Do you use the water can, the booster line, the 1 3/4 (smooth bore or fog?) 2 1/2(again smooth bore or fog?) deck gun or mutual aid a tower ladder or two to set up master streams to get rid of the troll?

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    Quote Originally Posted by jacklrd View Post
    My scenario:

    There is a report of a house fire. The only way to get there is to go over a small bridge, but when you try, a giant troll jumps out and stands in front of the truck. You ask what he wants and all he says is "self explanatory."

    Do you use the water can, the booster line, the 1 3/4 (smooth bore or fog?) 2 1/2(again smooth bore or fog?) deck gun or mutual aid a tower ladder or two to set up master streams to get rid of the troll?
    What does the troll drink? If he drinks water... then none of the above. I'd post signs in the area that look similar to these:
    http://i116.photobucket.com/albums/o...r326/troll.jpg
    http://i116.photobucket.com/albums/o...-the-troll.png
    http://i116.photobucket.com/albums/o...lr326/self.png
    I'd then tape off the immediate area and call in aid from the Dept. of Natural Resourses to come in a remove the troll from the area. While DNR is responding, I'd get the military in to build a bridge a little ways down the stream so I can get 2 engines and a truck across to knock down the fire.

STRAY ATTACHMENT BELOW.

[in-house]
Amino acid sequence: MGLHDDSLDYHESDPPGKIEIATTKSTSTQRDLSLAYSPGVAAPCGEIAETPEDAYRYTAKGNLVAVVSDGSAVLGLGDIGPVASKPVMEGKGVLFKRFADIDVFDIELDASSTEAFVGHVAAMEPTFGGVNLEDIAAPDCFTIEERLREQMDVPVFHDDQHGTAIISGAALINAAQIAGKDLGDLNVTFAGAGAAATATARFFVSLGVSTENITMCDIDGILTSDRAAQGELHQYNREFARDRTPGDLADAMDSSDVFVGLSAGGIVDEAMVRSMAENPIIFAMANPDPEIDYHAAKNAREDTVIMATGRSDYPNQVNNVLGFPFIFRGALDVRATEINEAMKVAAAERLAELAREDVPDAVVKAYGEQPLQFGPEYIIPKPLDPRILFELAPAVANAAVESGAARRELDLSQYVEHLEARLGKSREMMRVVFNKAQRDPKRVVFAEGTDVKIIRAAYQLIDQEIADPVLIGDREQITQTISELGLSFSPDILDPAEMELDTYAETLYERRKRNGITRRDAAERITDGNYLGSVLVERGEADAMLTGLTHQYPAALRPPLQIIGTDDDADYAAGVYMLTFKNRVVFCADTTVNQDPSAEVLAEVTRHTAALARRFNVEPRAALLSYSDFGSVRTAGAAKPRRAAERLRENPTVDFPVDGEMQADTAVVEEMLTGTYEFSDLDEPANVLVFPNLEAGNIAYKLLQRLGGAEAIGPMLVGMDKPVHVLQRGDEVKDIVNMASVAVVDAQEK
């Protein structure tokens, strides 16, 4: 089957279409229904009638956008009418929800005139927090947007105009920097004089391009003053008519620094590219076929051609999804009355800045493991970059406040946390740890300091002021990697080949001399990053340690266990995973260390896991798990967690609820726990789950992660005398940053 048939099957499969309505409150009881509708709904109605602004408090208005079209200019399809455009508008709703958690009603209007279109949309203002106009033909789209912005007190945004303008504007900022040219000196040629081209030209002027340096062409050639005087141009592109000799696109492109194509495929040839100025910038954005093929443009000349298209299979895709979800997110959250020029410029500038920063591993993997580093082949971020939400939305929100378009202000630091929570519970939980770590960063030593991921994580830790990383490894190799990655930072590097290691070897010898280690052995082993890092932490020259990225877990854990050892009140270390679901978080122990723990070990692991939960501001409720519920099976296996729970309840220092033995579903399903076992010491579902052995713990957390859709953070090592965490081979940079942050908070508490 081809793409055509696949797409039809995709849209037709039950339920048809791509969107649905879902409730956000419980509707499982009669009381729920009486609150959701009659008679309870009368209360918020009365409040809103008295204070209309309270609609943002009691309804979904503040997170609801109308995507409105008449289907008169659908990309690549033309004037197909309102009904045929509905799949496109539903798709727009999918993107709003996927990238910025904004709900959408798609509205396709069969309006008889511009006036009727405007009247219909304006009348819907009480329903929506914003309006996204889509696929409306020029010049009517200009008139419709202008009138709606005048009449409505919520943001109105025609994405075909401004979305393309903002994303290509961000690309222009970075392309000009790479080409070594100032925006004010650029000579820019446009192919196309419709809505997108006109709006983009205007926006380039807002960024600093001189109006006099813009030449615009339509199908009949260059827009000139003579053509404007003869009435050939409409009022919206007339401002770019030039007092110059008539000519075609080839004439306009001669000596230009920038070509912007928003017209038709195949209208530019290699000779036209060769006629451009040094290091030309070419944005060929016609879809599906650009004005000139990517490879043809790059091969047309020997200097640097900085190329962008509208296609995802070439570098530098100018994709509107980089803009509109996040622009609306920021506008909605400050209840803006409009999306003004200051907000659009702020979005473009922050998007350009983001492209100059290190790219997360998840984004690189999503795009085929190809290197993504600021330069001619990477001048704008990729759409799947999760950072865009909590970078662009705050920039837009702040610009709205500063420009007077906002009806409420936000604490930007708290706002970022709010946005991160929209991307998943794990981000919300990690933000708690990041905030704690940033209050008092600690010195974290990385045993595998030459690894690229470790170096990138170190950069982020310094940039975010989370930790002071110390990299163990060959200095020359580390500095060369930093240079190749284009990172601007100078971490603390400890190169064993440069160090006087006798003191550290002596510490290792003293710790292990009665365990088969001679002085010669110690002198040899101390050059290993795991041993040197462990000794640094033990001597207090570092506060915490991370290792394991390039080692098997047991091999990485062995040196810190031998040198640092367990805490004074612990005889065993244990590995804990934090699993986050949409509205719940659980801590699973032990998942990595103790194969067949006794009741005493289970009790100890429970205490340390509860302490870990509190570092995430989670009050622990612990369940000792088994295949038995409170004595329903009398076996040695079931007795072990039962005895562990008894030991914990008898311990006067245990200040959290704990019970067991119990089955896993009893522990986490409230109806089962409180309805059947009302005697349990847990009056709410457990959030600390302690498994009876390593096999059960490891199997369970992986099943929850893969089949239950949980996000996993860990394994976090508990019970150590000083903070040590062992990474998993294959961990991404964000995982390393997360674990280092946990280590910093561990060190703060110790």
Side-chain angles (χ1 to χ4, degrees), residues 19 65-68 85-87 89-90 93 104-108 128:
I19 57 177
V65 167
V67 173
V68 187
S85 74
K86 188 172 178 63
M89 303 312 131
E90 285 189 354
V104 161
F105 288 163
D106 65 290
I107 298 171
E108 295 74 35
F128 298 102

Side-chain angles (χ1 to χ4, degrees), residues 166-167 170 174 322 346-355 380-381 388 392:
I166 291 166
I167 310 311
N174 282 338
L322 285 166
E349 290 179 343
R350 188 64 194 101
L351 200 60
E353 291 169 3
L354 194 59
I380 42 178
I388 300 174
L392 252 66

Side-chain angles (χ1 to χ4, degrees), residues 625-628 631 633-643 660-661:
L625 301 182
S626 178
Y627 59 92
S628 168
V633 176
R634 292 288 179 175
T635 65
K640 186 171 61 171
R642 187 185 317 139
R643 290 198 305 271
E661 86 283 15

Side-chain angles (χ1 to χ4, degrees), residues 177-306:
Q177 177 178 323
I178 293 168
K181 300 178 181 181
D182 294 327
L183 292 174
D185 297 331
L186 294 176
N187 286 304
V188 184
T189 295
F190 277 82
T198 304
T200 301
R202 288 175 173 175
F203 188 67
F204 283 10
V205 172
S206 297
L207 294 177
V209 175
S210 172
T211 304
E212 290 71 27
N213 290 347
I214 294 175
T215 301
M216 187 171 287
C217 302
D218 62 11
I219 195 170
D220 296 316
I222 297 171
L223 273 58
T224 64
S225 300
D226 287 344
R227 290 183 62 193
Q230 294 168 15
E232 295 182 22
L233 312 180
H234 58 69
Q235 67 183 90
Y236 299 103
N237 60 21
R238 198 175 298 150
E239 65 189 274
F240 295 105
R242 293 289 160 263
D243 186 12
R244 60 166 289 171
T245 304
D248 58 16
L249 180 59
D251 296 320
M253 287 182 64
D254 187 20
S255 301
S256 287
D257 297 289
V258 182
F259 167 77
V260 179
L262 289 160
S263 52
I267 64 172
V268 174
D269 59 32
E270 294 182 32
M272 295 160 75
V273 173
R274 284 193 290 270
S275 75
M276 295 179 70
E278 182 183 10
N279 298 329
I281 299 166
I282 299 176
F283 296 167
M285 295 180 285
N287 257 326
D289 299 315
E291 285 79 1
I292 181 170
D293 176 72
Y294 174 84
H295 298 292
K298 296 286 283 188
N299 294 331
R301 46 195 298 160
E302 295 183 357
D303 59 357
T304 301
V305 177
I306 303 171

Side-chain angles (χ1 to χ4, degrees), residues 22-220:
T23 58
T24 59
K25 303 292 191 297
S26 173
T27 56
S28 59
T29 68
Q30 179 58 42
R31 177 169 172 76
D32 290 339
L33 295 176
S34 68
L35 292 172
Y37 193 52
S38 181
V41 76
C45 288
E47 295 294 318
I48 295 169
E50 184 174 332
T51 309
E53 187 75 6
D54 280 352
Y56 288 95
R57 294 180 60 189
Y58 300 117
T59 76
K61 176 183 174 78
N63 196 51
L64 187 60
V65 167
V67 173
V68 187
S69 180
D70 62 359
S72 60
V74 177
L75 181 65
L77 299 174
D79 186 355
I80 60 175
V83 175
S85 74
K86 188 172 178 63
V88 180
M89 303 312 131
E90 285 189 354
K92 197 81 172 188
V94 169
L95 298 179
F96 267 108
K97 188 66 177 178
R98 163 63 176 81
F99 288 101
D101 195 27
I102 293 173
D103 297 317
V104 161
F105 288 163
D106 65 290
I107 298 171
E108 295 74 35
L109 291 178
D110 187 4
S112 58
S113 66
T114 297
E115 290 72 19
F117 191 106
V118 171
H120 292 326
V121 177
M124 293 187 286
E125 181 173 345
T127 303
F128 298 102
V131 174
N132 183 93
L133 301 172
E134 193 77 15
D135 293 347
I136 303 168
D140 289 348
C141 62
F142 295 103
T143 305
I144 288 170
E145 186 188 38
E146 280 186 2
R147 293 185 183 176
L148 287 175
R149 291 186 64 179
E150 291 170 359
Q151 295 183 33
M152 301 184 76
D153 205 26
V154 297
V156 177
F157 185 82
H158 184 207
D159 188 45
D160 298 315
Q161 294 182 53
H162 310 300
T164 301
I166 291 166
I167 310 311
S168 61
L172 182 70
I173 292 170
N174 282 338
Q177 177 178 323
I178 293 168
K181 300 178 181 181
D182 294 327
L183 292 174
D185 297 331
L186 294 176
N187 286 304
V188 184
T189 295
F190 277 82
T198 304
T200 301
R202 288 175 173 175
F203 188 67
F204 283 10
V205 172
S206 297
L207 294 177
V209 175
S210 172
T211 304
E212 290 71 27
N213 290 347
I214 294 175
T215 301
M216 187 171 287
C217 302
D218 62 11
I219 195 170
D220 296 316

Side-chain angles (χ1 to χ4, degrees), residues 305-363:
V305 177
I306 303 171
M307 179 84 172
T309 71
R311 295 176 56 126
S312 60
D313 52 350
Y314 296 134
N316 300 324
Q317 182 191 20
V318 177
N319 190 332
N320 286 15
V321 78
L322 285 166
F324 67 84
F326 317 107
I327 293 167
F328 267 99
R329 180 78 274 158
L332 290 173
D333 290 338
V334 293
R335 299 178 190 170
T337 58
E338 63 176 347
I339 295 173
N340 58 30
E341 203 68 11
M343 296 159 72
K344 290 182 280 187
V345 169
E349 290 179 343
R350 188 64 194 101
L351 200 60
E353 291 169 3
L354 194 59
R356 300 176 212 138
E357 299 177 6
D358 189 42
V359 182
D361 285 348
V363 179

Firefighter/EMT
    My words stated here do not necessarily point towards organizations which I am affiliated with.

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    Quote Originally Posted by LADDER2EKU View Post
    So, I'm just trying to understand something now, are you saying that you would never send crews to operate above the fire? To perform searches, or check the attic in balloon frames dwellings, etc.? I'm not trying to argue with you I'm just curious. If there is a report of people trapped on any floor above the fire floor either a truck Co. or a rescue Co. is going up there to search, its their job.

    Again, I'm not trying to start any arguement, I'm just curious for your opinion on operating above the fire floor, becuase your qoute appears to me that you don't advocate sending crews above the fire.

    Thanks

    Oh, yeah and I will concede that I was wrong placing the engine Co. on the second floor. I read the post as light smoke on the first and heavy on the third. That was my fault.
    Ladder--What you said, and what you're proposing now, are two entirely different things.